Then there are the woodpigeons, comical in their approach to nest construction. The pigeon pair have been rather haphazard in their selection of sticks and other material for the nest that they are building in next door’s apple tree. Oversized sticks are collected with zeal but then dropped as the bird struggles to add them to the nest. One of the pair even tried to remove a long piece of ivy, still attached to a wall; the bird struggled for a dozen minutes before accepting that this was one tug-of-war that it simply was not going to win.

I suspect that over the next few weeks the pace of spring will continue to increase, as birds shift from nest building through to egg-laying and the rearing of chicks. Everything seems to happen so quickly, as the vegetation unfolds, the insects emerge and the nesting season moves into top gear. It is such an exhilarating time of the year and there is a real sense that new life is being created. In fact, so much seems to be going on that it can sometimes be a struggle to keep up with it all. As someone who spends a lot of hours studying birds and their nesting behaviour, it can feel as if everything is happening at once, the days and weeks quickly slipping by towards mid-summer and beyond.

Friday, 5 April 2013

Sprite of the water

There is a sense that winter is losing her grip, the warmth in the morning sun sufficient to pierce the legacy of last night’s frost. The sky is clear too and the light ideal for photography. There is just time enough on the walk into work to seek out the black-bellied dipper that has been wintering on the river, pulling in the crowds of birdwatchers to the edge of my little patch. It is the presence of these other birdwatchers that spurs me on to visit so early; the selfish pleasure perhaps of having the bird to myself.

The dipper has remained faithful to this one small stretch of the river for several weeks now and each morning I expect it to have gone. It hasn’t though and I am soon crouched close to the bank of a small channel that carries water away from the main river and through a small belt of trees. Just where the channel widens out and deepens slightly into a small pool is where the bird is often to be found. Sure enough the bird is here again this morning, perched on a partly submerged branch and bobbing gently as only dippers can do.

I can feel the warmth of the sun on my back, a welcome feeling given the draining cold of the ground on which I am crouched. The bird is remarkably tolerant of these visits and soon ventures in close, leaving the branch to swim across the water, the head occasionally thrust below the surface as the dipper searches for submerged prey. With a flick of its wings the dipper forces itself below the surface, bouncing back up again with a caddis or some other delight in its bill. Every now and then it blinks, a silver-grey membrane flashing across the eye’s surface; another little detail that is so pleasing to take in.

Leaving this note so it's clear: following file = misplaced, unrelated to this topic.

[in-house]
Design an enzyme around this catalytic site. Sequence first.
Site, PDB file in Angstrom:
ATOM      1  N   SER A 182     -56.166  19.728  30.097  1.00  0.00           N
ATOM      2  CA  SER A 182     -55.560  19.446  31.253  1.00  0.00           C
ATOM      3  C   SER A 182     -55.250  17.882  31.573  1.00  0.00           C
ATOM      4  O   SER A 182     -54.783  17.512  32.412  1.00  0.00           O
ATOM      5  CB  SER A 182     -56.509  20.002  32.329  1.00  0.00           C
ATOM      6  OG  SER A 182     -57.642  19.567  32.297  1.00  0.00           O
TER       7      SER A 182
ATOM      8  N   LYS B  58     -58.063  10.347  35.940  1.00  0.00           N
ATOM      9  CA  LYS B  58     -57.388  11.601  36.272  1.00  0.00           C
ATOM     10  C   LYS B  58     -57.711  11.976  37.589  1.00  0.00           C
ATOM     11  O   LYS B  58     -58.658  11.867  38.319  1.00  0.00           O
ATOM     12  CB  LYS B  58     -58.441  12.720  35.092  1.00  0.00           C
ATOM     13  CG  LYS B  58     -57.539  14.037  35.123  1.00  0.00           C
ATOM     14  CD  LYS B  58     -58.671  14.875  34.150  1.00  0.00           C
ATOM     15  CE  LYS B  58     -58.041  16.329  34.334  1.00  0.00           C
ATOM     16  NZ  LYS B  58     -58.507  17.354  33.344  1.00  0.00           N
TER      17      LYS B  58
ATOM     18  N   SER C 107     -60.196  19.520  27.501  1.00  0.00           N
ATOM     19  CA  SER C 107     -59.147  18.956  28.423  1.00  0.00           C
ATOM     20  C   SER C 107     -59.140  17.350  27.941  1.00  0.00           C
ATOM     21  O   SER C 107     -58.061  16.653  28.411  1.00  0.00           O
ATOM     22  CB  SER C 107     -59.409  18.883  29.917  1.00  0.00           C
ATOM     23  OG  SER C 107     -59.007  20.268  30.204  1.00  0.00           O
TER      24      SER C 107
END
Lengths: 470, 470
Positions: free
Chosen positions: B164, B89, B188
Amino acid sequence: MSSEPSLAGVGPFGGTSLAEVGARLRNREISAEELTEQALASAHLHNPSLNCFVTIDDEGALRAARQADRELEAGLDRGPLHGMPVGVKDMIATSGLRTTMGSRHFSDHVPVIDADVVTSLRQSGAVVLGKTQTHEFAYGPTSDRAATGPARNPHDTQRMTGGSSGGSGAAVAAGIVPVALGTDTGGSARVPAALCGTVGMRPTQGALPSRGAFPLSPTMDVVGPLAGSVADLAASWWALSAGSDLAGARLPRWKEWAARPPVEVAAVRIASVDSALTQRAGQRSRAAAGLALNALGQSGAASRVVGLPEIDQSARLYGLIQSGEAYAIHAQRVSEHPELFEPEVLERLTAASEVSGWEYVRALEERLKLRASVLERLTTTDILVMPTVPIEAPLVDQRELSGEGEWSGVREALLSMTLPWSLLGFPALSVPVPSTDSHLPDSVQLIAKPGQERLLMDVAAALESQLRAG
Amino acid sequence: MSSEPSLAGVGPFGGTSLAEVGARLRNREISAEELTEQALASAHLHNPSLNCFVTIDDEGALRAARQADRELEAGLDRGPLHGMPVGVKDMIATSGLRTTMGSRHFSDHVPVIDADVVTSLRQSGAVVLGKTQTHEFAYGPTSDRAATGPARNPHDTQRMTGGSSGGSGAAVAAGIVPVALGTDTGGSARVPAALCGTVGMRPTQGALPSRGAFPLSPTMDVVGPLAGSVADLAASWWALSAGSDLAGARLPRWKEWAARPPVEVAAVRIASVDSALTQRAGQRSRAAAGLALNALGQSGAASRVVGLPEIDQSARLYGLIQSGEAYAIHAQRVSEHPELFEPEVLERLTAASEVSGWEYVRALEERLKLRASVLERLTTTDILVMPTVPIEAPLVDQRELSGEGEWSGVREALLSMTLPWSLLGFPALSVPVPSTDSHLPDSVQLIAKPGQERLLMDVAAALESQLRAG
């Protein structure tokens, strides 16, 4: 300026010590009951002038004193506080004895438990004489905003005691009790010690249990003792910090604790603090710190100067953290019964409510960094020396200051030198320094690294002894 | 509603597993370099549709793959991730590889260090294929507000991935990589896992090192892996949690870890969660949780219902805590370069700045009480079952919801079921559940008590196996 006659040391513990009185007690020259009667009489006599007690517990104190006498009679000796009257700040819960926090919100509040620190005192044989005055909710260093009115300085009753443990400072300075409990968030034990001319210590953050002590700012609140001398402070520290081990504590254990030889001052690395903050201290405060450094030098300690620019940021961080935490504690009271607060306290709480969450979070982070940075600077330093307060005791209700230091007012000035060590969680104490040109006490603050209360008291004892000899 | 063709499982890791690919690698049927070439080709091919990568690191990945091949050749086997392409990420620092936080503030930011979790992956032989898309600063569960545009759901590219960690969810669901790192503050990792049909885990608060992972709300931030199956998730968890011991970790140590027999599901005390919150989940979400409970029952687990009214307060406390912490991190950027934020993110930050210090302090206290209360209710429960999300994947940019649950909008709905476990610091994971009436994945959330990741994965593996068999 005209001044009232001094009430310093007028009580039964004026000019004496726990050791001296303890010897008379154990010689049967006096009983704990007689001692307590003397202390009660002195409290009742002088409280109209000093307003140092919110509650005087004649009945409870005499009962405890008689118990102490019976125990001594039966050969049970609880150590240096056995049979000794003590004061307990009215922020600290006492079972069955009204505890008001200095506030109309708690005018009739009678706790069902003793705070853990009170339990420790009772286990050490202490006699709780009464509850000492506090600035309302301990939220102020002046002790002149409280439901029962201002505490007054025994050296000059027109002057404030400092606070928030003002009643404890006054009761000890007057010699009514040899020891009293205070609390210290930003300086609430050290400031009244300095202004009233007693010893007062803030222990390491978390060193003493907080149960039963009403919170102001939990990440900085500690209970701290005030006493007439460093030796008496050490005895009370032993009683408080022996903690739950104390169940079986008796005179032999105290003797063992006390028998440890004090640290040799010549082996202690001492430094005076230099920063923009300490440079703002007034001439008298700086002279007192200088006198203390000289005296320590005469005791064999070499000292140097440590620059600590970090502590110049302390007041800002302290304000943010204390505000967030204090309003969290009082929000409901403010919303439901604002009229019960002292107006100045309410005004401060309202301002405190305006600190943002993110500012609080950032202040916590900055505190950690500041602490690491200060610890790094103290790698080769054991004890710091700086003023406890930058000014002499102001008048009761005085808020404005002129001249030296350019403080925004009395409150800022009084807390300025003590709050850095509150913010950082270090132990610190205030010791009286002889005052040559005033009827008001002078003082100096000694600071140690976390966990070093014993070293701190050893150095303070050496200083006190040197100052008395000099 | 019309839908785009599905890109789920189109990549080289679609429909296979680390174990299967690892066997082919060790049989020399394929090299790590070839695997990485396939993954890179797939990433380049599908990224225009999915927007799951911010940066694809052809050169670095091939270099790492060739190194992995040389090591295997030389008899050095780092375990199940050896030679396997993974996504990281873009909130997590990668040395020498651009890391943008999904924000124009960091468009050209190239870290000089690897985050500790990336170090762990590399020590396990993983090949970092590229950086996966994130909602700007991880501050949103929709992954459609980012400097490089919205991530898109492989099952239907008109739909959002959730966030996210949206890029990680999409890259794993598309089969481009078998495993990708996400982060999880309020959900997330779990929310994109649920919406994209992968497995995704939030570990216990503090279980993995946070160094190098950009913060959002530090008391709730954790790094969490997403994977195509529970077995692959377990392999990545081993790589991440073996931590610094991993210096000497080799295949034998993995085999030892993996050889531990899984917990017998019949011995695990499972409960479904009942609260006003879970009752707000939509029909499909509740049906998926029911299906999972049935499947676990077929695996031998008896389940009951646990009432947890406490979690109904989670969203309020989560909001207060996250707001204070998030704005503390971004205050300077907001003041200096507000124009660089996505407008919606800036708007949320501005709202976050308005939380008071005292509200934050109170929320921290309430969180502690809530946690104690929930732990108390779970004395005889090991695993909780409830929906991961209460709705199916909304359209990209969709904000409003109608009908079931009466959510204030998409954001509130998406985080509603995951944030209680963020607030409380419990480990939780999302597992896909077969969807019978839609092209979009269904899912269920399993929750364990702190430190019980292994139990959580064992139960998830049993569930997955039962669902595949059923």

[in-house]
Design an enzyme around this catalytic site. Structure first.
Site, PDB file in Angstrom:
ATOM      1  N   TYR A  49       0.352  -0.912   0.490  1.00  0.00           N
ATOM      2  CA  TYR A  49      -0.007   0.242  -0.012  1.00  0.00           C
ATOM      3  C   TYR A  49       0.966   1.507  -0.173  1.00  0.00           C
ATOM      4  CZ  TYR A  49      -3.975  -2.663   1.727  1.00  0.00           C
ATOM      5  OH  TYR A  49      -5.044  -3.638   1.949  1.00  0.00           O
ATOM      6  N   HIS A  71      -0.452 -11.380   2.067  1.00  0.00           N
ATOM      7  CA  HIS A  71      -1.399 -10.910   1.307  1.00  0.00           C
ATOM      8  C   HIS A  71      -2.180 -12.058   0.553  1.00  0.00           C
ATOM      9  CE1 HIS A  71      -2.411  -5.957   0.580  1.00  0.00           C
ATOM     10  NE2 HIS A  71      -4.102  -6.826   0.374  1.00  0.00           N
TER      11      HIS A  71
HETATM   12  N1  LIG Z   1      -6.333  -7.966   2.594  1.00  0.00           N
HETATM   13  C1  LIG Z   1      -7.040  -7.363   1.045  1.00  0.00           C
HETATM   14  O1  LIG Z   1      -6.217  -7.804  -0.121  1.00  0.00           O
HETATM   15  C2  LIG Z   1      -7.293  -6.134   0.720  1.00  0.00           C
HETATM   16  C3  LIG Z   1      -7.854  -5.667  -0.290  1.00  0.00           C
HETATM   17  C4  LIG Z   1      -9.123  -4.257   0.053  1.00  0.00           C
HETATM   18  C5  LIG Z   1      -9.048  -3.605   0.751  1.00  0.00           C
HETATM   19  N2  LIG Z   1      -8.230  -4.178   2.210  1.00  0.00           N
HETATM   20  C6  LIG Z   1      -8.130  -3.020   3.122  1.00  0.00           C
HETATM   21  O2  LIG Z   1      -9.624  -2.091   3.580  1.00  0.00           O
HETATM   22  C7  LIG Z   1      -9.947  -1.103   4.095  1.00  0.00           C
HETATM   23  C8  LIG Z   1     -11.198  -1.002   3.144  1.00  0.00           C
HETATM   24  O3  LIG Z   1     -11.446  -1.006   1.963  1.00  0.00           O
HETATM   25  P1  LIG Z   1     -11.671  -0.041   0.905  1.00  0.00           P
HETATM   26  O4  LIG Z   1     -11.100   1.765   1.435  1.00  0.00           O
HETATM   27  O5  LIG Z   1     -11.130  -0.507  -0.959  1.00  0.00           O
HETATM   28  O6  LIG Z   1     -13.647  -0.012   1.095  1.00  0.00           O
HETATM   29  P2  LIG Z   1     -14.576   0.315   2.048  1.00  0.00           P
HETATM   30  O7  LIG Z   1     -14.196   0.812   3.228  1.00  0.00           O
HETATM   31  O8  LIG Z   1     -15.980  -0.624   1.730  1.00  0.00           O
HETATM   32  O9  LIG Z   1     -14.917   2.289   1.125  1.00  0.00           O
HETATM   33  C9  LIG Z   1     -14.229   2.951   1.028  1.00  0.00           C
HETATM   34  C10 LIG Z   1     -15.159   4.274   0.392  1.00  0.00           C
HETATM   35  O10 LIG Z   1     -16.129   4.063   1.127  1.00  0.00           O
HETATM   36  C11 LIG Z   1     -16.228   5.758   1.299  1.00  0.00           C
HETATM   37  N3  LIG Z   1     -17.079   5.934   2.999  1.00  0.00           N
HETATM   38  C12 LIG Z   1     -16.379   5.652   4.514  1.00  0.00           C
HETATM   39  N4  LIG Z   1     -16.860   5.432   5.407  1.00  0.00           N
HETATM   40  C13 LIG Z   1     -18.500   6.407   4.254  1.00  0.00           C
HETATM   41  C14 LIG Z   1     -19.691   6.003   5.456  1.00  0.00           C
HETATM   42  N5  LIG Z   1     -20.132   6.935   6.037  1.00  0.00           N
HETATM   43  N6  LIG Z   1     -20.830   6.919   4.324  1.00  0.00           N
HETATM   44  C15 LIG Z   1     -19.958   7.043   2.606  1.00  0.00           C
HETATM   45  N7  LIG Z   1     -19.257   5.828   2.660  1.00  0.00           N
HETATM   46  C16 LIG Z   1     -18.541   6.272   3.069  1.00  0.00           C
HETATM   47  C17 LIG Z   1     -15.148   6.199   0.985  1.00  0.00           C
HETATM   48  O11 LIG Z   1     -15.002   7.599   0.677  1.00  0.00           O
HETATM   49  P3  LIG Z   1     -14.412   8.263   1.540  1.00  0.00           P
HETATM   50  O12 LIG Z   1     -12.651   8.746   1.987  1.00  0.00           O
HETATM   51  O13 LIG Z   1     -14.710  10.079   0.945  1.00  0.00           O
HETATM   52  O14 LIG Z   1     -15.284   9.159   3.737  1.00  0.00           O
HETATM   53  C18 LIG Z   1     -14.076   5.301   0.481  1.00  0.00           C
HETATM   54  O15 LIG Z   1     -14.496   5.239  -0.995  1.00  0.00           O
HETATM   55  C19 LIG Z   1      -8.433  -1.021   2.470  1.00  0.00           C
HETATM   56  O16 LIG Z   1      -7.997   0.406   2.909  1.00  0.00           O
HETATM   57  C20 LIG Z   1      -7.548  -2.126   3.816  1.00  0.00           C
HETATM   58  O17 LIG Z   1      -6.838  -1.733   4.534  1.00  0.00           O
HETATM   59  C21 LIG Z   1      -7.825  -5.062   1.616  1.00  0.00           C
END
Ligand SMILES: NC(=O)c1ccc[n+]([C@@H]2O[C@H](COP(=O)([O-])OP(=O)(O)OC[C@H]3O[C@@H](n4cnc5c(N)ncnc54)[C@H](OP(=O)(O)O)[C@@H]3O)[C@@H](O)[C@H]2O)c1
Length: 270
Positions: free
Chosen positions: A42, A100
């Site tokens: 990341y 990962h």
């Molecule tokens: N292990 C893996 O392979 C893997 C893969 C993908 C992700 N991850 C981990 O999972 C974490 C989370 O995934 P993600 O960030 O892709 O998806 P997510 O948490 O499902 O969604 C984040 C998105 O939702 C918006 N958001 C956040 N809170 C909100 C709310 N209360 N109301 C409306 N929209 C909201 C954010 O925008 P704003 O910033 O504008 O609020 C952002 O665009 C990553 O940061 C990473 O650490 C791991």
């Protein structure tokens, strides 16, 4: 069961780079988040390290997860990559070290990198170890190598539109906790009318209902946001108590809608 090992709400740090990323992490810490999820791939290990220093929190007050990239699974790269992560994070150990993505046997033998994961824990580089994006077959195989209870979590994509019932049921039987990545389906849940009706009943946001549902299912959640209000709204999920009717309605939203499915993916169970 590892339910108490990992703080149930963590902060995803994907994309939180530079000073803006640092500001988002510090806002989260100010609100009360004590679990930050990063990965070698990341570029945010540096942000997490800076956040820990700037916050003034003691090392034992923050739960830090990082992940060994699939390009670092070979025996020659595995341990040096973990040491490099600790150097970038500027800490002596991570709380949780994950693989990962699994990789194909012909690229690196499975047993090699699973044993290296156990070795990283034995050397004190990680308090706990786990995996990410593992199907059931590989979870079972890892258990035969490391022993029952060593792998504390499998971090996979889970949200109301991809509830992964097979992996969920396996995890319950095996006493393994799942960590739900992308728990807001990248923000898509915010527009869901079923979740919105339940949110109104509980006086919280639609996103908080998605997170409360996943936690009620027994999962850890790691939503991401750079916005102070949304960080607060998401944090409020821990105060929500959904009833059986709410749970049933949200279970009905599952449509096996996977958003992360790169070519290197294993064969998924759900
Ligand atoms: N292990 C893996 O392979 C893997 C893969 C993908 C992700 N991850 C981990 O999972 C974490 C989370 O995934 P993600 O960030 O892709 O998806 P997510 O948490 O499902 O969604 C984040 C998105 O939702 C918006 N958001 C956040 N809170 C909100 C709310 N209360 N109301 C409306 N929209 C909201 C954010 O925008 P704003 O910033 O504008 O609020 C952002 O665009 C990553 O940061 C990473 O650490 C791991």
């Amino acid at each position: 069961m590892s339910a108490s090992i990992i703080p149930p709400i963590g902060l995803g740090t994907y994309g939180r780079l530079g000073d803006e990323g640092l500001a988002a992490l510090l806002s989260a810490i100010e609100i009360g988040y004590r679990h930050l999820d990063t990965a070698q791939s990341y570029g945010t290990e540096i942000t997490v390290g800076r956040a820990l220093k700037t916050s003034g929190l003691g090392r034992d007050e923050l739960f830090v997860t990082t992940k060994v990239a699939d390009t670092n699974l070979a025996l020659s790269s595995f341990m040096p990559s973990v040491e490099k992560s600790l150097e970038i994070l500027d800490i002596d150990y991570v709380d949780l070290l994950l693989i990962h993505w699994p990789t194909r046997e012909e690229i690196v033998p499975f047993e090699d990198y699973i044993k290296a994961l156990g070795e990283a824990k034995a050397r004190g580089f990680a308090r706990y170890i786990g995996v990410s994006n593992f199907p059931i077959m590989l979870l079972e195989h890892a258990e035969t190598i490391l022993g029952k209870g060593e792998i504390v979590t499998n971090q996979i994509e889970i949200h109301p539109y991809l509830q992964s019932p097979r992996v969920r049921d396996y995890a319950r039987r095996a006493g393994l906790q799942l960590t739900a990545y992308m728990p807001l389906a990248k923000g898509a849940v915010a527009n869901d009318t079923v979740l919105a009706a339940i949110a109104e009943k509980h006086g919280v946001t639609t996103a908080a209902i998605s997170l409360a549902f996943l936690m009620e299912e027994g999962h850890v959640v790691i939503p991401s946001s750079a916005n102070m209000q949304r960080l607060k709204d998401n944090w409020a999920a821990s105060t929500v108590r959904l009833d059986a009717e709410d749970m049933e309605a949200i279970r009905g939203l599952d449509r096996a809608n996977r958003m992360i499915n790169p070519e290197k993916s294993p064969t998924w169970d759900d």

As a child I always associated dippers with the fast flowing streams and rivers of northern and western Britain. This spot, heavily shaded and with its gentle flow, didn’t appear to fit at first but now seems perfectly suited to this delightful bird. The dark tones of the dipper’s plumage seem to mirror the dark soil of the bank, the wet logs that lie part submerged and the smooth surface of the water, which is reminiscent of deeply polished wood.

This bird has taken on the character of this bit of wet woodland, perhaps giving something of itself in return. I suspect that when the dipper does eventually head off, the wood will seem empty; devoid of its newly acquired sprite the sense of place will feel different and I will look back at my photographs with a sense of longing.

Return of the otter

Water is often the focal point of a landscape and the two rivers that meander their way into the Breckland town of Thetford are a case in point. Once an important crossing point, the area around Nuns Bridges has again brought people from great distances to interact with the river and its environs. Initial interest from beyond the local naturalists and birdwatchers, who keep a regular beat along the river’s margins, was down to the arrival of a black-bellied dipper. This small bird, a vagrant from the continent, had chosen to winter here, feeding from the river and the network of streams that work its margins. It was an unusual visitor and ‘wanted’ for many a bird-lister’s notebook.

Soon, however, visiting birdwatchers encountered the local otters and discovered just how approachable these normally shy creatures are along this section of river. As the weeks have passed so the number of otter watchers has increased, an army of green and camouflage with long-lenses on their cameras and a glint of expectation in their eyes. By and large the otters seem oblivious to this new found audience and they regularly ‘perform’ by fishing, porpoising, play-fighting or by lumbering out onto the bank for a closer look at the growing crowds. Some days I am confronted by the comical sight of a long-lensed cameraman, frustrated by an otter that is too close to his lens to allow him to frame the image properly.